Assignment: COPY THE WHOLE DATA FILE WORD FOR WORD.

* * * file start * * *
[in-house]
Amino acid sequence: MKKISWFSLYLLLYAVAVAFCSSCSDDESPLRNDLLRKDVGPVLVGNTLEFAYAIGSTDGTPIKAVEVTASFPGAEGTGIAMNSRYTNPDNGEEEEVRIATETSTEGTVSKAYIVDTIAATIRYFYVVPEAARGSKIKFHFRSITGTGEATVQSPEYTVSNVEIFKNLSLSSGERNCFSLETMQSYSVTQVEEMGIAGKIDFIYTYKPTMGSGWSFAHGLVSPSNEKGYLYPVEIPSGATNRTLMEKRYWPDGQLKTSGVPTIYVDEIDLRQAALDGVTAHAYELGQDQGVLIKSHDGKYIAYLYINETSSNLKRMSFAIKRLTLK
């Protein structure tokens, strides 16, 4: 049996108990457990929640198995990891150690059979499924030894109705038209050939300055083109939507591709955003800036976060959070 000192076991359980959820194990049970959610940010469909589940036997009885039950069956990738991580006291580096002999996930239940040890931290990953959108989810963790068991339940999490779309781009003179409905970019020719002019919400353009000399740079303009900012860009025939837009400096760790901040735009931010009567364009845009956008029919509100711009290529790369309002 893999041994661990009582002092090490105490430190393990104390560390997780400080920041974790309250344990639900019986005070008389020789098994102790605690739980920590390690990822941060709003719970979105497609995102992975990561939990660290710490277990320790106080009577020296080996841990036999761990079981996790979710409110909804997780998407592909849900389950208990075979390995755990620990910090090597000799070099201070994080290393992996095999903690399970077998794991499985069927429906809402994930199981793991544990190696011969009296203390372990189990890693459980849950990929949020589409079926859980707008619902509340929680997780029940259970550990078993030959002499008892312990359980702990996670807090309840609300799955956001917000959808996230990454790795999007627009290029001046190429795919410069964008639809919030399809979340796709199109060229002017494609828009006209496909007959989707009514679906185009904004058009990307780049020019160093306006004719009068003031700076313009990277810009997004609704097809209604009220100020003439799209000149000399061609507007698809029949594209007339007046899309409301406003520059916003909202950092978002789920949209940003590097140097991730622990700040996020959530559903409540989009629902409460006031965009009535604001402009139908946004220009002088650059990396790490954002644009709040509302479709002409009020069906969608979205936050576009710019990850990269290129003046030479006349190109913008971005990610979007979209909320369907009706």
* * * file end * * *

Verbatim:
[in-house]
Amino acid sequence: MKKISWFSLYLLLYAVAVAFCSSCSDDESPLRNDLLRKDVGPVLVGNTLEFAYAIGSTDGTPIKAVEVTASFPGAEGTGIAMNSRYTNPDNGEEEEVRIATETSTEGTVSKAYIVDTIAATIRYFYVVPEAARGSKIKFHFRSITGTGEATVQSPEYTVSNVEIFKNLSLSSGERNCFSLETMQSYSVTQVEEMGIAGKIDFIYTYKPTMGSGWSFAHGLVSPSNEKGYLYPVEIPSGATNRTLMEKRYWPDGQLKTSGVPTIYVDEIDLRQAALDGVTAHAYELGQDQGVLIKSHDGKYIAYLYINETSSNLKRMSFAIKRLTLK
């Protein structure tokens, strides 16, 4: 049996108990457990929640198995990891150690059979499924030894109705038209050939300055083109939507591709955003800036976060959070 000192076991359980959820194990049970959610940010469909589940036997009885039950069956990738991580006291580096002999996930239940040890931290990953959108989810963790068991339940999490779309781009003179409905970019020719002019919400353009000399740079303009900012860009025939837009400096760790901040735009931010009567364009845009956008029919509100711009290529790369309002 893999041994661990009582002092090490105490430190393990104390560390997780400080920041974790309250344990639900019986005070008389020789098994102790605690739980920590390690990822941060709003719970979105497609995102992975990561939990660290710490277990320790106080009577020296080996841990036999761990079981996790979710409110909804997780998407592909849900389950208990075979390995755990620990910090090597000799070099201070994080290393992996095999903690399970077998794991499985069927429906809402994930199981793991544990190696011969009296203390372990189990890693459980849950990929949020589409079926859980707008619902509340929680997780029940259970550990078993030959002499008892312990359980702990996670807090309840609300799955956001917000959808996230990454790795999007627009290029001046190429795919410069964008639809919030399809979340796709199109060229002017494609828009006209496909007959989707009514679906185009904004058009990307780049020019160093306006004719009068003031700076313009990277810009997004609704097809209604009220100020003439799209000149000399061609507007698809029949594209007339007046899309409301406003520059916003909202950092978002789920949209940003590097140097991730622990700040996020959530559903409540989009629902409460006031965009009535604001402009139908946004220009002088650059990396790490954002644009709040509302479709002409009020069906969608979205936050576009710019990850990269290129003046030479006349190109913008971005990610979007979209909320369907009706």